A new study by Withings and Kantar Health involving 5,587 of our users sheds light on short-term obstacles smokers face when they’re trying to quit, as well as the long-term benefits. Read on to learn more about our findings.
The data behind stress, sleep, and weight gain
In addition to dealing with withdrawal symptoms and cravings for nicotine, many smokers trying to quit suddenly find themselves without their major source of stress relief. Instead of reaching for a cigarette, they must find alternative ways to handle stress. This is a very difficult challenge to overcome, because when stress hits, it’s much easier to turn to what has worked (in this case, smoking) than to try something new.
The chart below plots how frequently our surveyed users feel stressed, by smoking category. It’s plain to see that those trying to quit are the most stressed: only 17% of them never feel stressed, compared to 24% for smokers and 40% for nonsmokers.
Those trying to quit smoking also appear to have slightly less restful sleep, likely as another side effect of nicotine withdrawal. Our data shows that 71% of those trying to quit do not feel well rested in the morning, compared to 64% for smokers and 61% for nonsmokers.
Weight gain is another unwanted side effect of smoking cessation. Because nicotine suppresses appetite, some people actually begin smoking as a means of weight regulation. On the other hand, nicotine withdrawal can cause a surge in appetite, which some cite as a reason not to attempt to quit smoking. Additionally, without the ability to smoke to alleviate stress, many people turn to food as a substitute. We analyzed our user base to see if weight gain was a valid concern for those trying to quit smoking, versus smokers and nonsmokers.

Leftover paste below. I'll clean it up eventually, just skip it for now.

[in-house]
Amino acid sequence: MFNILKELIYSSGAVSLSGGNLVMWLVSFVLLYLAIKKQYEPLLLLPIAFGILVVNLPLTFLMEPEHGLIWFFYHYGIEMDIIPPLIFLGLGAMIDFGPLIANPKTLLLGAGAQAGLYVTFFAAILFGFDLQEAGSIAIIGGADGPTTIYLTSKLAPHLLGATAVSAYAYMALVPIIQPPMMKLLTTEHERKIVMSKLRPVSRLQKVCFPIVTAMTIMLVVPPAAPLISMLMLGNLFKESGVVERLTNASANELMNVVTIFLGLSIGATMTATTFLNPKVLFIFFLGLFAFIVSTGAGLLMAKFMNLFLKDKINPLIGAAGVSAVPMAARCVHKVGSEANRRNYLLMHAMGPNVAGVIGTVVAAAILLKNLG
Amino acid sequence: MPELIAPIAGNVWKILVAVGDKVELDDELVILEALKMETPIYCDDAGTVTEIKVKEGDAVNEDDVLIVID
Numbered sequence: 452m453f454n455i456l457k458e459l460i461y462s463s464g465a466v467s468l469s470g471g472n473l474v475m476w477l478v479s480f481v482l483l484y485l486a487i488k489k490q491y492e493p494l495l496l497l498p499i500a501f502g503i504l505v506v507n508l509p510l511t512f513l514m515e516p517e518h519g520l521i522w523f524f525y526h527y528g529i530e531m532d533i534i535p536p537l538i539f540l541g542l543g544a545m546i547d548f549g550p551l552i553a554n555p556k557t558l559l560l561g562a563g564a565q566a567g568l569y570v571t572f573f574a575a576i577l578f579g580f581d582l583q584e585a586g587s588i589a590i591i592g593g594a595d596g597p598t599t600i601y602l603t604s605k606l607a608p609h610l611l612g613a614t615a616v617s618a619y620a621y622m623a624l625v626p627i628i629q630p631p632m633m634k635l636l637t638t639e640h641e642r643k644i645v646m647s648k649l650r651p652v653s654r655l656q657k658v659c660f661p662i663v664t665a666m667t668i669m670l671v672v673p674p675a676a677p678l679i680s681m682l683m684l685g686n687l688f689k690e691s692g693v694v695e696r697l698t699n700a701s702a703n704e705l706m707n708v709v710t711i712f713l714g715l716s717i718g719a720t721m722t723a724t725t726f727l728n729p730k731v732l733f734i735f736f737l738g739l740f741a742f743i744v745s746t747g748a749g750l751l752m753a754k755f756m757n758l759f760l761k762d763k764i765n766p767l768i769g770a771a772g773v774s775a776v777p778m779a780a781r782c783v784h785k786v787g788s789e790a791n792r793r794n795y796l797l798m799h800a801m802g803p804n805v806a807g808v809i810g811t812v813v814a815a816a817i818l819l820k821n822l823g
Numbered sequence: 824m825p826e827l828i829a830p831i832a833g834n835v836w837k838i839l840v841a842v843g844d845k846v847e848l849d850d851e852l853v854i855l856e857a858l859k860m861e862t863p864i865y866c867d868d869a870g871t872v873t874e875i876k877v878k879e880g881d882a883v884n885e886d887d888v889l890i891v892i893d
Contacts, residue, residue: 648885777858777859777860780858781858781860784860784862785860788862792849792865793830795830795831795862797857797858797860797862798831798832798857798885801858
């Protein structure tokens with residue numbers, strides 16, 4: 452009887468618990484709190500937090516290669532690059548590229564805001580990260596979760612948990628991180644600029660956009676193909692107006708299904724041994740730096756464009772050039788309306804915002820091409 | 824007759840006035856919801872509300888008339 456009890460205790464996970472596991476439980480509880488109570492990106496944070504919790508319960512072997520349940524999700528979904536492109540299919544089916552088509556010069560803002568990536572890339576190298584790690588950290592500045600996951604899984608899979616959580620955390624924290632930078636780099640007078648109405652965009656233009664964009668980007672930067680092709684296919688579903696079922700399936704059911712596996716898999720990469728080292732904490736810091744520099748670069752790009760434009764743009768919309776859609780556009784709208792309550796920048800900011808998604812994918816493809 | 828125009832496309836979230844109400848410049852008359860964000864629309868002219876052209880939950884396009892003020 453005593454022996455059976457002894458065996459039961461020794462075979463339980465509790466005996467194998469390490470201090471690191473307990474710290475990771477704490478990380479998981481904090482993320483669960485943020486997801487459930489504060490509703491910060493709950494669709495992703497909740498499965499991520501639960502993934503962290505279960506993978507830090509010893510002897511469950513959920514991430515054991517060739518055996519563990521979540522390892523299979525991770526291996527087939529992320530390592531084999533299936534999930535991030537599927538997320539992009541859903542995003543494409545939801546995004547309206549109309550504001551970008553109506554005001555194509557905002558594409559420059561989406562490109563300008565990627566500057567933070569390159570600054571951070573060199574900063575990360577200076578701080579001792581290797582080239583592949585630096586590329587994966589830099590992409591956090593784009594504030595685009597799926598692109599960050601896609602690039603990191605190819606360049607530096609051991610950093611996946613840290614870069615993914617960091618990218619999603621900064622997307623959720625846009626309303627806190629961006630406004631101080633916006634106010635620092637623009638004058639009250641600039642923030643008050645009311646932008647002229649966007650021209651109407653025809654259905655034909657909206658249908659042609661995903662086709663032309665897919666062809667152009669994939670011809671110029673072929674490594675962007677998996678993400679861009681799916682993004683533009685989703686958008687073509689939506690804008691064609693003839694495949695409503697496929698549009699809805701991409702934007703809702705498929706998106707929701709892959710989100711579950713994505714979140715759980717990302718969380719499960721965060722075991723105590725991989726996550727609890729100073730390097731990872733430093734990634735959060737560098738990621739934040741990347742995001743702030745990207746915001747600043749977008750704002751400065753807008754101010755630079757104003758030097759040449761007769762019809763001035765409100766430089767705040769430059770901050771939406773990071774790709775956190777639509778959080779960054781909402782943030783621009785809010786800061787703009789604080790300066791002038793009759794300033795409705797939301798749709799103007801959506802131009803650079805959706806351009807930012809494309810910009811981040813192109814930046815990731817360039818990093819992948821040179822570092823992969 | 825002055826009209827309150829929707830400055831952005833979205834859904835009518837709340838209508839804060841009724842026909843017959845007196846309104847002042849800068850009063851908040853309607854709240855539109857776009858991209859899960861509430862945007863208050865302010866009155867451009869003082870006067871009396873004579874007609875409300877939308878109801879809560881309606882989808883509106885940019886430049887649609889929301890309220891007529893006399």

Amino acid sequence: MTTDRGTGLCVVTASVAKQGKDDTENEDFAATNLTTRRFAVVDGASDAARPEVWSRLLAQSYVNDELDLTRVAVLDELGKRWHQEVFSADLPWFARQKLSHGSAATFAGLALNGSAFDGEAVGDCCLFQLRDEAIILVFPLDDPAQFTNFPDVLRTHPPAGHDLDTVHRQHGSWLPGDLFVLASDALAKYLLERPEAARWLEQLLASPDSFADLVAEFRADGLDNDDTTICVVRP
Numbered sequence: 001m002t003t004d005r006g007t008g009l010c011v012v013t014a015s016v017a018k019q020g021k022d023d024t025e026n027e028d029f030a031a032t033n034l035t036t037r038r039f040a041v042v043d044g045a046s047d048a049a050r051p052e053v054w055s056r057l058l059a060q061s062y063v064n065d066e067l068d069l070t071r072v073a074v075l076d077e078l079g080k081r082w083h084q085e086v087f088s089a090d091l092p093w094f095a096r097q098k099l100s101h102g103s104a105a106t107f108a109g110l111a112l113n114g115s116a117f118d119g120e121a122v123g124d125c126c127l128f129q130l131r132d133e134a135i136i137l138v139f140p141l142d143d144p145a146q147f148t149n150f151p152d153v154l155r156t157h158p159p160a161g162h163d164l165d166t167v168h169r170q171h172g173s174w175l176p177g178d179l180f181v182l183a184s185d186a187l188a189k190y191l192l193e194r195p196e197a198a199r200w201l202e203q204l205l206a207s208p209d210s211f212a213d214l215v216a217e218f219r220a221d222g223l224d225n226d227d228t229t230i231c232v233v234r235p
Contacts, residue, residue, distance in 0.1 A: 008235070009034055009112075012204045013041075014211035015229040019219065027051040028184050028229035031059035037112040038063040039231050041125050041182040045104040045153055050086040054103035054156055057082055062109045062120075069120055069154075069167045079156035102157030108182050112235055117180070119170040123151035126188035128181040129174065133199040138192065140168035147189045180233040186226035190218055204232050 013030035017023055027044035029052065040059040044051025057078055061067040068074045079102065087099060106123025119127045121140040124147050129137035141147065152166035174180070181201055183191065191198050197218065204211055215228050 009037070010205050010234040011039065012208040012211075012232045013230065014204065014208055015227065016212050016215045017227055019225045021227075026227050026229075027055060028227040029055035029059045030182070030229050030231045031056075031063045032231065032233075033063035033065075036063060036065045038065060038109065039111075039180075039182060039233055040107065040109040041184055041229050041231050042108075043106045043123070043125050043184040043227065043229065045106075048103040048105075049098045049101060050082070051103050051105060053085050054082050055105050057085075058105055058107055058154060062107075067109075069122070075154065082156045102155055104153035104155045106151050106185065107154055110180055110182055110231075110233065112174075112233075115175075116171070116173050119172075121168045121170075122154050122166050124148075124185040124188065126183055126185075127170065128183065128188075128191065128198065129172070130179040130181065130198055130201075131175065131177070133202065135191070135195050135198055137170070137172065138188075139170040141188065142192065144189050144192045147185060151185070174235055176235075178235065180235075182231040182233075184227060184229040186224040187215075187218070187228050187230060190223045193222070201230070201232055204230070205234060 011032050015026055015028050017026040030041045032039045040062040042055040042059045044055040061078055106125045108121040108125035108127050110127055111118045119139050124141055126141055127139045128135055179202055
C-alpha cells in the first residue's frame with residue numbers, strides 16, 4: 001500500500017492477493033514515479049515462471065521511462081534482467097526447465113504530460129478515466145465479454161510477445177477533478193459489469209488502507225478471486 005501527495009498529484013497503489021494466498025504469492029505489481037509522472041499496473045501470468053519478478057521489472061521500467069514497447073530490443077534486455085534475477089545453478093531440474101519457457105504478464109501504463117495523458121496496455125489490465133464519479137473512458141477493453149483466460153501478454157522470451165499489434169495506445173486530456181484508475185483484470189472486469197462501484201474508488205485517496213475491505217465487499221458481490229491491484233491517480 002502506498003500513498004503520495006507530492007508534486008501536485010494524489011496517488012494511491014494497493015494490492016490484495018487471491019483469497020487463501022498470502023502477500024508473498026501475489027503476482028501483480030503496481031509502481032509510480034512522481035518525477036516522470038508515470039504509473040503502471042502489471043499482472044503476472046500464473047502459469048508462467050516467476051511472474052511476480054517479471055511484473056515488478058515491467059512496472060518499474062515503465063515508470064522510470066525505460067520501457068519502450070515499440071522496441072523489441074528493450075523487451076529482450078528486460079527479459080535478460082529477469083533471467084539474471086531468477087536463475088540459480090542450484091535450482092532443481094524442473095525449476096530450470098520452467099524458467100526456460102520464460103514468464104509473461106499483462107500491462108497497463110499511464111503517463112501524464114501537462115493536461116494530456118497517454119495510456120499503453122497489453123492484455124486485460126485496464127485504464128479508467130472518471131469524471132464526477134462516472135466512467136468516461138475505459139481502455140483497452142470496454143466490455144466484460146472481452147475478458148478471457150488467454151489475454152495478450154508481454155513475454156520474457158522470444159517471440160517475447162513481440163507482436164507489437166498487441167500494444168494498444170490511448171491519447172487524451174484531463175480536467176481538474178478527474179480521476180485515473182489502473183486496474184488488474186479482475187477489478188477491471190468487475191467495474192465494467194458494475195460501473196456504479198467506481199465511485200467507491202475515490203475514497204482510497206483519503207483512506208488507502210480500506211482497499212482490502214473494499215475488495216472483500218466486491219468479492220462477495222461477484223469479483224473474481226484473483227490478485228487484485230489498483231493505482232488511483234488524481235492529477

We found that among users who regularly track their weight and activity, all groups, including those trying to quit smoking, lost weight over a 4-month period. While those trying to quit smoking lost an average of only 1.1 lb, compared to 2.2 lb for non-smokers and 4.4 lb for smokers, they were still successful in losing weight. While the conventional belief is that those trying to quit smoking should expect weight gain, our data reveals that weight loss is still possible during this time, even though it may be more difficult. Such a finding should be reassuring to current smokers that are afraid of gaining weight when they give up cigarettes. Keep in mind, however, that this data was taken only for those regularly tracking weight and activity, so it is likely that such tracking behaviors help smokers trying to quit to maintain or lose weight despite the challenges they face.
Health Risks Confirmed
By now, the dangers of smoking have been well-documented. In addition to causing cancer, cardiovascular disease, and emphysema, smoking is especially harmful for pregnant women. With these known long-term effects, we examined whether health metrics collected from our users would reflect the negative effects of smoking in more subtle ways.
This chart compares six-month average values of various health metrics of smokers to nonsmokers. Smokers appear to have a higher heart rate, walk fewer steps per day, and sleep less than non smokers. However, they do have a lower BMI, which is in line with our previous observations.
Sleeping for longer, walking more, and having better cardiovascular health have an enormous positive impact on overall long-term health. It is thus unsurprising that smokers live an average of 10 years less than nonsmokers. But those who currently smoke are not doomed. Research shows that after a year of not smoking the risk for heart disease is cut in half, and after 5-15 years, heart disease risk is the same as that of nonsmokers.
About the study
This study was conducted by Withings, based on data from a panel of 5,587 Withings users. Among them 12% were smokers, and one third of these smokers were trying to quit. We considered a given user as a smoker if he smoked at least 10 cigarettes a day.
Withings guarantees the confidentiality of personal data and protects the privacy of all its users. Therefore, all data used for this study was rigorously anonymized and aggregated.
We engaged our users with surveys taken through our Health Mate app. We worked with healthcare specialists from Kantar Health to analyze the results.